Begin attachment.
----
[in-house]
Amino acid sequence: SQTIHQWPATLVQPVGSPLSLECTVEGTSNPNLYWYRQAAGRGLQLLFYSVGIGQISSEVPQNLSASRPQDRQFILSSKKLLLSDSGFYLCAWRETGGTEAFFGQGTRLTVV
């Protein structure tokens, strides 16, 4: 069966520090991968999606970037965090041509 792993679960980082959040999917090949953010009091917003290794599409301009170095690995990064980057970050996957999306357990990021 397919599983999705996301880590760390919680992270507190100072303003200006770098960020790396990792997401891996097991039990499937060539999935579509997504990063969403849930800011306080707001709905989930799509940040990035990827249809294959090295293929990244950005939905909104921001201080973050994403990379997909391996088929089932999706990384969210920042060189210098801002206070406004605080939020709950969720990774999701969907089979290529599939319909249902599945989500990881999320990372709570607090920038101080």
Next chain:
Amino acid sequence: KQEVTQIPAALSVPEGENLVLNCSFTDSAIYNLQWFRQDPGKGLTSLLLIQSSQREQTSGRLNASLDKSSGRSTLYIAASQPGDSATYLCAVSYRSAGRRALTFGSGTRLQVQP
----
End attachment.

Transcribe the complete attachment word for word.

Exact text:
[in-house]
Amino acid sequence: SQTIHQWPATLVQPVGSPLSLECTVEGTSNPNLYWYRQAAGRGLQLLFYSVGIGQISSEVPQNLSASRPQDRQFILSSKKLLLSDSGFYLCAWRETGGTEAFFGQGTRLTVV
């Protein structure tokens, strides 16, 4: 069966520090991968999606970037965090041509 792993679960980082959040999917090949953010009091917003290794599409301009170095690995990064980057970050996957999306357990990021 397919599983999705996301880590760390919680992270507190100072303003200006770098960020790396990792997401891996097991039990499937060539999935579509997504990063969403849930800011306080707001709905989930799509940040990035990827249809294959090295293929990244950005939905909104921001201080973050994403990379997909391996088929089932999706990384969210920042060189210098801002206070406004605080939020709950969720990774999701969907089979290529599939319909249902599945989500990881999320990372709570607090920038101080």
Next chain:
Amino acid sequence: KQEVTQIPAALSVPEGENLVLNCSFTDSAIYNLQWFRQDPGKGLTSLLLIQSSQREQTSGRLNASLDKSSGRSTLYIAASQPGDSATYLCAVSYRSAGRRALTFGSGTRLQVQP